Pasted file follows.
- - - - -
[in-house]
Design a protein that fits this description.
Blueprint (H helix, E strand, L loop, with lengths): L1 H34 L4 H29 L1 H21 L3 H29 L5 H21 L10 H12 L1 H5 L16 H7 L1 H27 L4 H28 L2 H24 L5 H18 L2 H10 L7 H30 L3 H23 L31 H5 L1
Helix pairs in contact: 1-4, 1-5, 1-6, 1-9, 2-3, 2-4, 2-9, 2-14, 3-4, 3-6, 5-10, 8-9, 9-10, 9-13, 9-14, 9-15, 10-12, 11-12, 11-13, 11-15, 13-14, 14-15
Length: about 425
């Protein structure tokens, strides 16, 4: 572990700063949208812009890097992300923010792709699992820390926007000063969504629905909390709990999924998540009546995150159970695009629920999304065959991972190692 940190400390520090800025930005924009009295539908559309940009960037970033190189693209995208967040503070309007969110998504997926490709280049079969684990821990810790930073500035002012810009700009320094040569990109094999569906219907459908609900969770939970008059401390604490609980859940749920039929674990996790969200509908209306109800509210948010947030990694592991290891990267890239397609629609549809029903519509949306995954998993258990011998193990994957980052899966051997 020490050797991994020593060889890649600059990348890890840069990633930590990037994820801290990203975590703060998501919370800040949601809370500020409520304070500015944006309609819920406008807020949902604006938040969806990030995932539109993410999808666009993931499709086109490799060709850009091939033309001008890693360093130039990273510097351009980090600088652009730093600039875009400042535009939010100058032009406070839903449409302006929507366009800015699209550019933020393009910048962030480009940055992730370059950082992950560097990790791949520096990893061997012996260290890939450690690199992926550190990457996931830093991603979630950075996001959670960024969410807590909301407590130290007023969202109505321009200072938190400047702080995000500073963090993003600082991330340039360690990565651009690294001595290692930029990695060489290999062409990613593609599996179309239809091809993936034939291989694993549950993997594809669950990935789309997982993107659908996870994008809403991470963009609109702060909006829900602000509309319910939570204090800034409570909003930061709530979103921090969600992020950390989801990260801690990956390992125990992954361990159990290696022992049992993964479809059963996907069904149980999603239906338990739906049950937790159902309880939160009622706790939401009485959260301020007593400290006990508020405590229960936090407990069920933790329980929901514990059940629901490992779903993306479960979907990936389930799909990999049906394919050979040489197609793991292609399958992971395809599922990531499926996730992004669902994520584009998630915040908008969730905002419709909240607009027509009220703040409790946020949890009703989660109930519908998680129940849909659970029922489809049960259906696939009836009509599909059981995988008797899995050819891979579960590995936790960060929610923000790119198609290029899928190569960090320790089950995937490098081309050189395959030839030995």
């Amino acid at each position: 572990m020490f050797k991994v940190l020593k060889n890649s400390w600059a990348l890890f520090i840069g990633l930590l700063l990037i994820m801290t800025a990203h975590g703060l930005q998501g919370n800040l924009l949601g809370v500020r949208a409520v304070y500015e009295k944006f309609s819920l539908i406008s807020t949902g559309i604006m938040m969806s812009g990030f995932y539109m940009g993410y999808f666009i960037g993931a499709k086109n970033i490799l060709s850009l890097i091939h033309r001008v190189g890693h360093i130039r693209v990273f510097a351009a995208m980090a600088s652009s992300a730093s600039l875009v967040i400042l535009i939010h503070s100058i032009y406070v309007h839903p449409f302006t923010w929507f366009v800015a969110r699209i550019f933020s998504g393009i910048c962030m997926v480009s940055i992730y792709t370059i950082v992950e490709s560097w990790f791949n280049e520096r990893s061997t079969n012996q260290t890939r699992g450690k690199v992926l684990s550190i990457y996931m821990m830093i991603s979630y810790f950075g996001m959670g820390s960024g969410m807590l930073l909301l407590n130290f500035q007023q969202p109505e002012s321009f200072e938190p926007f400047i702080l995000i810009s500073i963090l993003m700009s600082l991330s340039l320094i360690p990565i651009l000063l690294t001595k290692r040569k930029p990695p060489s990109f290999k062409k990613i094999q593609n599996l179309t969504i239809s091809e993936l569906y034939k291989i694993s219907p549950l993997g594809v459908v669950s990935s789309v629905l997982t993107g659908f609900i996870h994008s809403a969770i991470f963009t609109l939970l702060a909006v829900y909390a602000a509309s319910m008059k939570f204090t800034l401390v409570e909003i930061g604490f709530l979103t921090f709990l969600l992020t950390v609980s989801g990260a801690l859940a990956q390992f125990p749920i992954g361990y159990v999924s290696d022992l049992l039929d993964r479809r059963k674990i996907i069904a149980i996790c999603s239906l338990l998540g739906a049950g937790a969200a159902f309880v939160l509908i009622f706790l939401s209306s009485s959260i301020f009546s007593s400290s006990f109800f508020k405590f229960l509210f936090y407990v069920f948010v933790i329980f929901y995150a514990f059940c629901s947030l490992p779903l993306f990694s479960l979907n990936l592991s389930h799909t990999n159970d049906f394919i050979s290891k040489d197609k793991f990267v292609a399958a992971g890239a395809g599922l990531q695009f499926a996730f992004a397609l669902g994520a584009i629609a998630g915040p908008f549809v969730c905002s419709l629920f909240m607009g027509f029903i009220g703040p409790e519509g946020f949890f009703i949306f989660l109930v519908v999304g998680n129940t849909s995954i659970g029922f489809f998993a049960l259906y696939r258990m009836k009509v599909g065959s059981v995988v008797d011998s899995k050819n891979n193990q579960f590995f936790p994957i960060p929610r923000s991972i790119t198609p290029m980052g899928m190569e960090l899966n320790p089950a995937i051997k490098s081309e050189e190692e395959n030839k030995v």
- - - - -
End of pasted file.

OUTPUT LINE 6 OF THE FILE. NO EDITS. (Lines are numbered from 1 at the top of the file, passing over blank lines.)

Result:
């Protein structure tokens, strides 16, 4: 572990700063949208812009890097992300923010792709699992820390926007000063969504629905909390709990999924998540009546995150159970695009629920999304065959991972190692 940190400390520090800025930005924009009295539908559309940009960037970033190189693209995208967040503070309007969110998504997926490709280049079969684990821990810790930073500035002012810009700009320094040569990109094999569906219907459908609900969770939970008059401390604490609980859940749920039929674990996790969200509908209306109800509210948010947030990694592991290891990267890239397609629609549809029903519509949306995954998993258990011998193990994957980052899966051997 020490050797991994020593060889890649600059990348890890840069990633930590990037994820801290990203975590703060998501919370800040949601809370500020409520304070500015944006309609819920406008807020949902604006938040969806990030995932539109993410999808666009993931499709086109490799060709850009091939033309001008890693360093130039990273510097351009980090600088652009730093600039875009400042535009939010100058032009406070839903449409302006929507366009800015699209550019933020393009910048962030480009940055992730370059950082992950560097990790791949520096990893061997012996260290890939450690690199992926550190990457996931830093991603979630950075996001959670960024969410807590909301407590130290007023969202109505321009200072938190400047702080995000500073963090993003600082991330340039360690990565651009690294001595290692930029990695060489290999062409990613593609599996179309239809091809993936034939291989694993549950993997594809669950990935789309997982993107659908996870994008809403991470963009609109702060909006829900602000509309319910939570204090800034409570909003930061709530979103921090969600992020950390989801990260801690990956390992125990992954361990159990290696022992049992993964479809059963996907069904149980999603239906338990739906049950937790159902309880939160009622706790939401009485959260301020007593400290006990508020405590229960936090407990069920933790329980929901514990059940629901490992779903993306479960979907990936389930799909990999049906394919050979040489197609793991292609399958992971395809599922990531499926996730992004669902994520584009998630915040908008969730905002419709909240607009027509009220703040409790946020949890009703989660109930519908998680129940849909659970029922489809049960259906696939009836009509599909059981995988008797899995050819891979579960590995936790960060929610923000790119198609290029899928190569960090320790089950995937490098081309050189395959030839030995």